Does Sleep Deprivation Increase Type 2 Diabetes Risk?

A new study found that just one night of sleep loss could increase our risk of type 2 diabetes.

Using mice as subjects, researchers at Toho University compared sleep-deprived mice to mice with healthy sleep. The mice who had been kept awake showed a higher count of enzymes associated with insulin resistance.

In previous studies, insulin resistance has been found to be an early warning sign for diabetes in humans. This study focused more specifically on metabolic enzymes in the liver.

Being that the subjects were mice, it is difficult to draw conclusions about how this research relates to humans. Still, according to the study’s authors, this could be one more step toward understanding the connection between sleep deprivation and type 2 diabetes.

[Editor’s Note: The information provided should not be considered a substitute for professional advice. Please consult a sleep doctor or other medical expert if you have questions related to your own health.]

RELATED: Too Little And Too Much Sleep Could Affect Heart Health

A syringe is pressed into a bottle of insulin.
Sherry Yates Young/Shutterstock

Mice And Insulin Resistance

During the study, the researchers began by introducing unlimited sugar water and fatty foods to a cohort of male mice. The researchers also limited the mice’s movement and exercise.

After two weeks of this regimen, the mice were split into two groups. One group was allowed to sleep normally. The other group was deprived of sleep using a “gentle handling method.” When a mouse in the test group would begin to fall asleep, they would be held and lightly woken up.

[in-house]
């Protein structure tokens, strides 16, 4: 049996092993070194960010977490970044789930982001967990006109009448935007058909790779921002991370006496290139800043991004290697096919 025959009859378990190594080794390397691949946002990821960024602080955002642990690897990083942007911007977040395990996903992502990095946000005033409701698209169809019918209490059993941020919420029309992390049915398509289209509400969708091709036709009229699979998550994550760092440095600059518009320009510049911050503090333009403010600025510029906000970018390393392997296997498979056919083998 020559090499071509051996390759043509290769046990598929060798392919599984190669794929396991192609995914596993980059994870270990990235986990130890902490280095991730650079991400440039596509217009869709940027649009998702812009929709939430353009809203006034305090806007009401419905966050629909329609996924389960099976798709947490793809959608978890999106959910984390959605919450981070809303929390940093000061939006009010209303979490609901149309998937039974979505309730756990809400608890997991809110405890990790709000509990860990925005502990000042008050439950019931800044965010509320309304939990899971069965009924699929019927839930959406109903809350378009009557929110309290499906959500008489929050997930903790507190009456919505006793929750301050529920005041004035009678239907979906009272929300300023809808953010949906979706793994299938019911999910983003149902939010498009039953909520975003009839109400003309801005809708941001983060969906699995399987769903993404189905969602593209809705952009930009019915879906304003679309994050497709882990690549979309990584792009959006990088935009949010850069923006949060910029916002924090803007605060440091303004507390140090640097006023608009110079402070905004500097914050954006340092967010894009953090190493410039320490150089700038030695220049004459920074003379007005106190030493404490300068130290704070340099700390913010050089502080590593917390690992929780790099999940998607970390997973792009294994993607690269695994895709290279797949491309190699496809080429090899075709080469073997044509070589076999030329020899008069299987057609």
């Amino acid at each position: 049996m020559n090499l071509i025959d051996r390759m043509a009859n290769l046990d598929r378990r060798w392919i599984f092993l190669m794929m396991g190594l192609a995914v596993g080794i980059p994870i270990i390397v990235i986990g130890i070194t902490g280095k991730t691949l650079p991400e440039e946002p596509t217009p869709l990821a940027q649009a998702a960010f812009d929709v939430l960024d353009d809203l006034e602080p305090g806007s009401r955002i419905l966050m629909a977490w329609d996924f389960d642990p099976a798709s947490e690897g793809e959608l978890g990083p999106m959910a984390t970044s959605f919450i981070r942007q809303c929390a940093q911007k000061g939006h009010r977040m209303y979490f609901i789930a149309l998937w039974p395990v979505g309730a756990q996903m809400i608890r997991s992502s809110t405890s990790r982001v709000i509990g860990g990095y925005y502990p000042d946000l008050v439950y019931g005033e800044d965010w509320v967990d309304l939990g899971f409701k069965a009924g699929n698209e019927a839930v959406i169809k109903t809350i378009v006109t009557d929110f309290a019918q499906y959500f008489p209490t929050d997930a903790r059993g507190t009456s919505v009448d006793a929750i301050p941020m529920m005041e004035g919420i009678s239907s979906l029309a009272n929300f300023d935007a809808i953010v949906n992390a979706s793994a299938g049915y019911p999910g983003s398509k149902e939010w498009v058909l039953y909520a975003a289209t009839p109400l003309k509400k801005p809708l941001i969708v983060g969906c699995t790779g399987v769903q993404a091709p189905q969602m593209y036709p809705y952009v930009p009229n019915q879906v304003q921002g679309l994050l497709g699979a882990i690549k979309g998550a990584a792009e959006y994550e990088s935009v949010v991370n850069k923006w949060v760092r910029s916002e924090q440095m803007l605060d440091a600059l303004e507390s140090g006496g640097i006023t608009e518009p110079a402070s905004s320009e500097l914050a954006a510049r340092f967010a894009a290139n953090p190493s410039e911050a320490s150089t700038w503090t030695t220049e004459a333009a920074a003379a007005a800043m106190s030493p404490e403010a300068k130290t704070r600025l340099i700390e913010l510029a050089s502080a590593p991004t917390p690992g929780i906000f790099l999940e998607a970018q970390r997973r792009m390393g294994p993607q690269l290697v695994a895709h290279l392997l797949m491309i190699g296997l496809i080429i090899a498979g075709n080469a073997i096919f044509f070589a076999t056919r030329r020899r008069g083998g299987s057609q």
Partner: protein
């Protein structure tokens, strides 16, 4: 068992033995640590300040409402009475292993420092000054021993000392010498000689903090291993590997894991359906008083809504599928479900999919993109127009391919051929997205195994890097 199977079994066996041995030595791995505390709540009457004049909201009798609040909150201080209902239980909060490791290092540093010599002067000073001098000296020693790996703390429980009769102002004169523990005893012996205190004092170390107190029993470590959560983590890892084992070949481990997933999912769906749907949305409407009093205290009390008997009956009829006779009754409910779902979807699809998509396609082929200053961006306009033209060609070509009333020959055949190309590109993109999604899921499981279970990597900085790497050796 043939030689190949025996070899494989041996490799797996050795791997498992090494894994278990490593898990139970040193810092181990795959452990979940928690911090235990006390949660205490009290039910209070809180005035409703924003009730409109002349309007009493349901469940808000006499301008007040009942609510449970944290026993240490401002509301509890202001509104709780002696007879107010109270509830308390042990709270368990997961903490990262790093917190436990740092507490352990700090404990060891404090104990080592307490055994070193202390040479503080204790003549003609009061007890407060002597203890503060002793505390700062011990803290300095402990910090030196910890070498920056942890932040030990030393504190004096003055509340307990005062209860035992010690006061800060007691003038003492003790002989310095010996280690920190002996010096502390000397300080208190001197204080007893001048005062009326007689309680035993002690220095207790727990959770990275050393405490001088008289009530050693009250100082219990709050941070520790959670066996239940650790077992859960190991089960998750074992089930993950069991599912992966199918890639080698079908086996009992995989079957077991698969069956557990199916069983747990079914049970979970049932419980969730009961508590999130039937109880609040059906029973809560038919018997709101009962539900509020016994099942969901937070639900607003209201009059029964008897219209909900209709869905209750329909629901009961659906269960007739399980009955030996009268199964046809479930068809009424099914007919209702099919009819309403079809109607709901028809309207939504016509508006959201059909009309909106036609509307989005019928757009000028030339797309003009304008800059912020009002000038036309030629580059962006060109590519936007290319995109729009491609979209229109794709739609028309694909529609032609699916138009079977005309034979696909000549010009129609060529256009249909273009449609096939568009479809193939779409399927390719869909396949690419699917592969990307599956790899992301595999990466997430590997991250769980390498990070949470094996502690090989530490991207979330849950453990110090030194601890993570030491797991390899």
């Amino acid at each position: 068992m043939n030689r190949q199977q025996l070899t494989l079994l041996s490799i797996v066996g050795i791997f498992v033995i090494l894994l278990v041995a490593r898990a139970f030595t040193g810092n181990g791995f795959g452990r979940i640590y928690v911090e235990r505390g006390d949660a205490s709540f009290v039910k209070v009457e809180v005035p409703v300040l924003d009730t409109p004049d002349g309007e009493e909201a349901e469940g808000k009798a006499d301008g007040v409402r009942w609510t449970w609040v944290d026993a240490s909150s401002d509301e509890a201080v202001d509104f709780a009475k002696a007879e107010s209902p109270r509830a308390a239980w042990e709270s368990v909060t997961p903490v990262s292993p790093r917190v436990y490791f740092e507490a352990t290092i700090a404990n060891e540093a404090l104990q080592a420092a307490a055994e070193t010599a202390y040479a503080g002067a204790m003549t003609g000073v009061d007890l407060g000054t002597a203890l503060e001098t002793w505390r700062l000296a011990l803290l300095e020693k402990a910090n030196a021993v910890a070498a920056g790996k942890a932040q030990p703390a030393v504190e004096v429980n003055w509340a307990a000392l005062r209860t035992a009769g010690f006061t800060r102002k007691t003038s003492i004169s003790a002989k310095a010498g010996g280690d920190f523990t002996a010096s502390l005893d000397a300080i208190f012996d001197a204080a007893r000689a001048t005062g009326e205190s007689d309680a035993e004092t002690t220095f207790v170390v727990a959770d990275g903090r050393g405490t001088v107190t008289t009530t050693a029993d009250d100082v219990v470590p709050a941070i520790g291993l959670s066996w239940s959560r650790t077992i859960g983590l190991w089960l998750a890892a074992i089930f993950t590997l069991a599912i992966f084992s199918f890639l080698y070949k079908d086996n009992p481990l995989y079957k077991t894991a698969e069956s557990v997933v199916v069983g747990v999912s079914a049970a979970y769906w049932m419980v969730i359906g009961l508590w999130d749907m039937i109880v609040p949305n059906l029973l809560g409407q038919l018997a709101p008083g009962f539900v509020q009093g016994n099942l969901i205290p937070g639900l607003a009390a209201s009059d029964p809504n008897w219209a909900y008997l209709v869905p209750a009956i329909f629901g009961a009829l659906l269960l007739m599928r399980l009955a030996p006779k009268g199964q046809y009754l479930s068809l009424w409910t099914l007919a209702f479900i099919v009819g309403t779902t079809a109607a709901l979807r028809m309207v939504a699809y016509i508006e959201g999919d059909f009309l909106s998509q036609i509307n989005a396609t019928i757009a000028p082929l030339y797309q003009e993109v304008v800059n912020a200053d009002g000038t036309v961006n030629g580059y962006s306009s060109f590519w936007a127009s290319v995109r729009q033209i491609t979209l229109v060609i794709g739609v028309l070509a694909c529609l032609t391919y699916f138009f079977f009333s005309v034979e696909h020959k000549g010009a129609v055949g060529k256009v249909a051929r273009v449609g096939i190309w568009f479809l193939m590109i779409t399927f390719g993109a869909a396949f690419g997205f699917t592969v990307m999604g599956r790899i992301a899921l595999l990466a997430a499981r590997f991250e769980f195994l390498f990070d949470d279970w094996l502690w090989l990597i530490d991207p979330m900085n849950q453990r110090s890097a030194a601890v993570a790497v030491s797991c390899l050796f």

After only six hours of this process, the scientists measured glucose production as well as fat and triglyceride levels in the mice’s livers. In addition to an increase in glucose production, the sleep-deprived mice also had almost 68 percent higher triglyceride levels.

In a number of studies, higher triglyceride and other metabolic enzyme levels have been linked to insulin resistance. (The term “insulin resistance” refers to when a body’s cells cannot regulate and process insulin effectively.) According to an article published in the Journal of the American Diabetes Association, insulin resistance is “the most powerful predictor of future development of type 2 diabetes.”

Type 2 Diabetes And Sleep

While the connection between sleep deprivation and type 2 diabetes would seem clear, the authors say a direct correlation cannot be established. They say, “It was not clear whether glucose intolerance was due to the changes in food intake or energy expenditure or to the sleep deprivation itself.”

RELATED: Researchers Uncover Neural Link Between Poor Sleep Quality, Depression

A woman has difficulty sleeping.
Sergey Mironov/Shutterstock

This is not the first study to focus on the impact sleep has on type 2 diabetes. For instance, a team of researchers at the Sultan Qaboos University Hospital in Muscat, Oman found an association between adults who sleep less than six hours a night and an increased risk of type 2 diabetes.

As of 2015, it is estimated that 30.3 million Americans struggle with some form of diabetes. Out of this group, 7.2 million of these are undiagnosed. The results of this new study could further our understanding of how lack of sleep could be a potential cause of the disease.

Next, the researchers said they plan to study how intervention in metabolic enzymes processes could possibly counteract the effect of sleep deprivation on type 2 diabetes risk.

[Editor’s Note: The information provided should not be considered a substitute for professional advice. Please consult a sleep doctor or other medical expert if you have questions related to your own health.]

Featured image: Montri Thipsorn/Shutterstock

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Marten Carlson

Marten is a staff writer for Mattress Clarity News. He covers the mattress industry as well as sleep science news. He is specifically interested in the connection between sleep and overall health.Marten has written for media publications like Consequence of Sound and received a master’s degree in Film Studies from Emory University.He comes from Franklin, Indiana, and spends all the time he can writing, directing, and acting in films. He has directed genre short films and features. His newest film, Starlets, recently premiered at the River Town Film Festival in Clinton, NJ. He also stars in the upcoming thriller, Sour Bear. His next film, At The Hop, is a hot rod actioner with a horror twist.

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